There are many things Google, the nearly $860 billion internet giant has always been good at. So good, in fact, that last week, the attorneys general of 50 US states launched an unprecedented joint antitrust investigation into its dominance.
But there are a few things Google has always been bad at, too. For instance, its seeming inability to build compelling transactional products (where people actually buy or sell real things) or financial ones (where people transfer money to each other).
Well, no more.
Thanks to a fortuitous set of circumstances, the last two years have seen India becoming the testbed for Google to prove to the world that it too could build great transactional and finance products.
Heck, it could become number one.
Google Pay, its two-year-old payments product, was the most downloaded fintech app globally in 2018, according to Sensor Tower, an app analytics data provider. Google Pay was designed for India and runs on the country’s real-time mobile-based payments system, Unified Payments Interface (UPI).
Google has ended up so successful with Google Pay that it is now facing the unprecedented imposition of a market share cap by the NPCI (National Payments Corporation of India), the central-bank-monitored retail payments organisation, which runs UPI.
This year, Google Pay has been the number one payments app for five out of the eight months, according to a banker with knowledge of this data. With a 36.4% market share in volume of transactions on an average this year, it is neck and neck with Walmart-owned PhonePe, which has a 31.4% market share. Both have left erstwhile payments giant Paytm* behind—which has about a 24% market share. The rest of market is shared by roughly 100-plus UPI apps, including a government-promoted one called BHIM.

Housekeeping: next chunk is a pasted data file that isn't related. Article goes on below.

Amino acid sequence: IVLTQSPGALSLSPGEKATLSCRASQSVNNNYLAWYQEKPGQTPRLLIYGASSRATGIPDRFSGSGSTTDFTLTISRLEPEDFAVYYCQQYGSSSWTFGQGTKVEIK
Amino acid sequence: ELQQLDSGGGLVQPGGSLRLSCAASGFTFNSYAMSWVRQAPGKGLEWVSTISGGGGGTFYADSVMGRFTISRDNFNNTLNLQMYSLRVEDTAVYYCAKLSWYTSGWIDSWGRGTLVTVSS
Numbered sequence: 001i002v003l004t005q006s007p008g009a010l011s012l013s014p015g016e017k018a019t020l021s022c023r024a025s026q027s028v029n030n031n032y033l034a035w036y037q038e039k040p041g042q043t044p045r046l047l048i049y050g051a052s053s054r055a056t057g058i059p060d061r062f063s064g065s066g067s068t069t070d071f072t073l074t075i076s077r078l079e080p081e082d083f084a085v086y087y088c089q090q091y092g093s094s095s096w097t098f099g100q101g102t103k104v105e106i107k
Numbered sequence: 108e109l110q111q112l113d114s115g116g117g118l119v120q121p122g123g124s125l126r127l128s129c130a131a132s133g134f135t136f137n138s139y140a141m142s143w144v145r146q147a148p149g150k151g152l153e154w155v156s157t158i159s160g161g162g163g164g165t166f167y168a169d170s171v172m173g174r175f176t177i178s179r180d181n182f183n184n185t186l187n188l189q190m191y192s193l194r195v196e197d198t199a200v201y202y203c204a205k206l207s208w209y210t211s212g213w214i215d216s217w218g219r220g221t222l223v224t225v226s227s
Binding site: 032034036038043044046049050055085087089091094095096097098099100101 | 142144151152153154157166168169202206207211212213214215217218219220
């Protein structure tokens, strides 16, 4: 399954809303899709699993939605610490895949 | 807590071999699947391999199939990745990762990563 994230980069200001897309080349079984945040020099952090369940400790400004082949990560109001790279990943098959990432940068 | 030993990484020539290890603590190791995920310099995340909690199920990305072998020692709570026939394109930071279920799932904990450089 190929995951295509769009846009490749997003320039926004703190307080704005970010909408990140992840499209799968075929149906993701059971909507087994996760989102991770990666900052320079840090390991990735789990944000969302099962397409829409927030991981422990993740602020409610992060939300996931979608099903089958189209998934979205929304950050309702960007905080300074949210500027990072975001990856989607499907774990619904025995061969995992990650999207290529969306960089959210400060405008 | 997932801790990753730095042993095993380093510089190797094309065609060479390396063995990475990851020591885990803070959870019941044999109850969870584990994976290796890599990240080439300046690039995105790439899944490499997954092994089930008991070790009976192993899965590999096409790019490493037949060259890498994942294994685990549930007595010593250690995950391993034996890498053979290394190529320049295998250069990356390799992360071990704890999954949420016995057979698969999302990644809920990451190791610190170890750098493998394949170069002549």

NPCI is watching this lopsided growth of its pet project with unease stemming from the growing reach of multinational tech companies in the Indian digital ecosystem. More so because NPCI’s market share itself is being viewed by India’s reserve bank (RBI) as risky for its financial systems.
Call it self-preservation or call it a belated realisation of how digital network efforts quickly lead to monopolies, NPCI now wants to restrict companies that run on UPI to a maximum of 33% market share, both in terms of volume and value of transactions, as reported by The Economic Times earlier this month.
In less than three years, who would’ve thought that NPCI would create the conditions for Google to emerge as a leader in one of the areas it has never been good at?